On a rather damp morning 6 of us met at the end of Coach Road by the bridge over Loadpit beck. As we entered the field the shorter grass, shimmering wetly from the previous night’s rain, soaked our feet. We paused to look around, the first thing to catch our eye were several spectacular patches of misty blue Harebells on a higher dryer slope. The whole area was a picture, with a variety of brownish seeding grasses swaying in the breeze, greener flushes with water running down, splashes of yellow and purple seasonal flora, a beautiful area set against the darker backdrop of Ancient semi natural woodland on the land above.
Our thanks to Joan who then led the walk around the meadow pointing out many species of interest including; Great Burnet, St Johnswort sp, Ragged Robin, Common & Marsh Ragwort, Birdsfoot Trefoil, Cinquefoil, Selfheal, Lesser Stichtwort, Meadow Sweet, Zig Zag Clover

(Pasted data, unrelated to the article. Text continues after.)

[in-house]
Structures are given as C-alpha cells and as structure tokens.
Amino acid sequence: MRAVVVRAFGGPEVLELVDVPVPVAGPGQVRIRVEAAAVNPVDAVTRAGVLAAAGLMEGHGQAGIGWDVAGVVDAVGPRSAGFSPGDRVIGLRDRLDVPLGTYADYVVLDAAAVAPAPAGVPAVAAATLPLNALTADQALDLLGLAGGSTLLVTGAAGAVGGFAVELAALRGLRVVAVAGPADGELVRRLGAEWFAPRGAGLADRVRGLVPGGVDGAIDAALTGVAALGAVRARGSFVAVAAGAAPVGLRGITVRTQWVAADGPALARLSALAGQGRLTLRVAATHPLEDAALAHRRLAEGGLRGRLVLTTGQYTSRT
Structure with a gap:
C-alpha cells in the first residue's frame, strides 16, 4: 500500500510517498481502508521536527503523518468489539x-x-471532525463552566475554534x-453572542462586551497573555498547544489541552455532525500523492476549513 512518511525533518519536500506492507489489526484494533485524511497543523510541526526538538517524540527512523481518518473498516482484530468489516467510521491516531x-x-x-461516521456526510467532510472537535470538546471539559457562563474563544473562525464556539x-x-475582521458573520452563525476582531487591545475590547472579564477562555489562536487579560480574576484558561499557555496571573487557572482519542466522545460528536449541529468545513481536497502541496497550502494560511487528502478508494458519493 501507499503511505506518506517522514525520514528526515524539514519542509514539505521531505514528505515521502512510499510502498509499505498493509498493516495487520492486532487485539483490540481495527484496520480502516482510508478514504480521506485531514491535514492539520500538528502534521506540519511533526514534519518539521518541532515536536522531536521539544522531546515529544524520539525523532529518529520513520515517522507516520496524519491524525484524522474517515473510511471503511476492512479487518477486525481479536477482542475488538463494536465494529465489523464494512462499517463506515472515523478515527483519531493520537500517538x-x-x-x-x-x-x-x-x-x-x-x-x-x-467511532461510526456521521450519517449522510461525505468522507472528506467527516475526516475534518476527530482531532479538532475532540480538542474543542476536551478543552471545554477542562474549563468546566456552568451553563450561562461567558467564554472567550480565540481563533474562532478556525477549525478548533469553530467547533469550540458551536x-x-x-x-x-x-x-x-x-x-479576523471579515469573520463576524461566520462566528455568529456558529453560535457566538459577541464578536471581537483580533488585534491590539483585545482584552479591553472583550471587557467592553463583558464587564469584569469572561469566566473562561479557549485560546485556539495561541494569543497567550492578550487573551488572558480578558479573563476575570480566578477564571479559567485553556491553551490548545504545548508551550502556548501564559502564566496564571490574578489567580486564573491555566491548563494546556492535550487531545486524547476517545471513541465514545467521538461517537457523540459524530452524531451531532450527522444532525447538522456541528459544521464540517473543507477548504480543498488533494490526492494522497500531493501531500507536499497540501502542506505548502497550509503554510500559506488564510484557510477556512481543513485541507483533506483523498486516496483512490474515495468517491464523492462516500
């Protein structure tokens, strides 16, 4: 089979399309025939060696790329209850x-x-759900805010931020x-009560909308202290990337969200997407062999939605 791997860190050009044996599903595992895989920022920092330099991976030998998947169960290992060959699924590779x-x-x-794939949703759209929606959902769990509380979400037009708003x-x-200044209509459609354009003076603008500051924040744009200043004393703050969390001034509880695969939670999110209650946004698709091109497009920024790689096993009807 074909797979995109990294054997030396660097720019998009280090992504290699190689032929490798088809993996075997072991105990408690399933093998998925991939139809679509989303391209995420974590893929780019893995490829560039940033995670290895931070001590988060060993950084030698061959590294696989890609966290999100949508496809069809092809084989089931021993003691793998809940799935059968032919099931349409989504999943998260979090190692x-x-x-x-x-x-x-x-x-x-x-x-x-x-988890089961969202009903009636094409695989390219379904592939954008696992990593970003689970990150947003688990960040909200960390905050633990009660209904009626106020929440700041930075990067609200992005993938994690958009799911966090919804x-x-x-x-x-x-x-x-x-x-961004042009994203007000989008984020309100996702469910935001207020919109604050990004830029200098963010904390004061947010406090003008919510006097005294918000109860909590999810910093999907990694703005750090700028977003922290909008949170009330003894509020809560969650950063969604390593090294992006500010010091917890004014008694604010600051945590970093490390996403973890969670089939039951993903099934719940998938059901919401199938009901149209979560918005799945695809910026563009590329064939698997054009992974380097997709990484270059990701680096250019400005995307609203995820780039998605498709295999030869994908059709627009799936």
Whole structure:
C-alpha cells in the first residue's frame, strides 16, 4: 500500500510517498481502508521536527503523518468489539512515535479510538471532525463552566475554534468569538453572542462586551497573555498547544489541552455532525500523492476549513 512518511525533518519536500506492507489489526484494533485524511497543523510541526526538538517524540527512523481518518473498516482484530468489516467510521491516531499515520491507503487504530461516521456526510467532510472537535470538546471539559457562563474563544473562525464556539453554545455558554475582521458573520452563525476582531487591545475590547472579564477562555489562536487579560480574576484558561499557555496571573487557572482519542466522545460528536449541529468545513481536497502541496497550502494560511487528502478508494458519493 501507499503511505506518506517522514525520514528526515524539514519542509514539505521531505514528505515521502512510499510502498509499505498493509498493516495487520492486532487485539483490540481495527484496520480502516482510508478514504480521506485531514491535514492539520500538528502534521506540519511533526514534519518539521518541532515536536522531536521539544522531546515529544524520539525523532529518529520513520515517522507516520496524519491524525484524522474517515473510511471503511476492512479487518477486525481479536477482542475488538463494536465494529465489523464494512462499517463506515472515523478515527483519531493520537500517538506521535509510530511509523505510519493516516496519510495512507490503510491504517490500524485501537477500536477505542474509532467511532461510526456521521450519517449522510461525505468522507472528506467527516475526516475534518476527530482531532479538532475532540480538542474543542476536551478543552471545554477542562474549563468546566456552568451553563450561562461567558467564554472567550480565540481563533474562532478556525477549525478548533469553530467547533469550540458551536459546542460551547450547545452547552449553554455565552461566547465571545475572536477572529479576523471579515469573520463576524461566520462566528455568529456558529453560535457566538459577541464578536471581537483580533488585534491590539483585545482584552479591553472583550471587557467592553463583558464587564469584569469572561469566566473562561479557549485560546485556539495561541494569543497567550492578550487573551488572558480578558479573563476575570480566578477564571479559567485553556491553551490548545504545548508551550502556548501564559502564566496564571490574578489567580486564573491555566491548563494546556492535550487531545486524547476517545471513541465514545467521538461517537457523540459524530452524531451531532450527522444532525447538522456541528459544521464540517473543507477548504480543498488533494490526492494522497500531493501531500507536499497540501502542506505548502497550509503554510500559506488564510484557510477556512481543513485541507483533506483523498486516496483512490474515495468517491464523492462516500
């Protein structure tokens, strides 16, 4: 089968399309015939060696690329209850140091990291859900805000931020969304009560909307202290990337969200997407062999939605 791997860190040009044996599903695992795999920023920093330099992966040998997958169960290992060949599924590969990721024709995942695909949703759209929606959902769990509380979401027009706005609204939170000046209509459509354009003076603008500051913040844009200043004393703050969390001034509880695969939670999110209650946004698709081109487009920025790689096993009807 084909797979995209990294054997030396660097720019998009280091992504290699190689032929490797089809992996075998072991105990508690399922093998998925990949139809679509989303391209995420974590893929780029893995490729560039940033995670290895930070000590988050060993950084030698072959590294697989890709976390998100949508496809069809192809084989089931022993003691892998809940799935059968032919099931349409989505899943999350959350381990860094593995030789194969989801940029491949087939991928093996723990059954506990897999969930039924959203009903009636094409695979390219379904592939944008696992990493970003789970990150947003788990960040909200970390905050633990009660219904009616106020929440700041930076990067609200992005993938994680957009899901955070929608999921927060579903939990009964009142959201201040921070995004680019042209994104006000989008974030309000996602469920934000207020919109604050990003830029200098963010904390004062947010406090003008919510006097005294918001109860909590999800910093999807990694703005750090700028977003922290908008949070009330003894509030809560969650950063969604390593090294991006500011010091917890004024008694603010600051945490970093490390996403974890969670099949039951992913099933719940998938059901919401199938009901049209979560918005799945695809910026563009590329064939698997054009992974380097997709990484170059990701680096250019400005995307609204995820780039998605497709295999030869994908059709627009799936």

Wild, windy, sunshine and showers - these words sum up the "summer" weather conditions for this morning. There was some initial confusion as road signs stated that the road was closed at both ends of York Gate. However Julia, Sue N and myself were able to meet up at York Gate Quarry car park. "Where was Donald?!" We met up later. He had mistakenly made his way to the Surprise View car park.
On Thursday a party of six (Joan, Julia, Donald, Sally, Lorna and myself) met at the bottom of Station Road Wilsden for a walk of approximately one and half miles along the Great Northern Trail from the Hewenden Viaduct to the Cullingworth Viaduct. The railway contecting Halifax, Bradford, and Keighley was built in the second half of the nineteenth century. It has been called "the Alpine Trail" because of the stunning scenary and sequence of tunnels and viaducts. It is part of the National Cycle network. Sustrans has supported its use as a cycling and walking route (now exceedingly popular with local people). A local forum spanning a variety of interests has been responsible for its development and maintenance. In particular one of our group members Lorna has taken responsibility for enlarging the biodiversity of plants surrounding the path.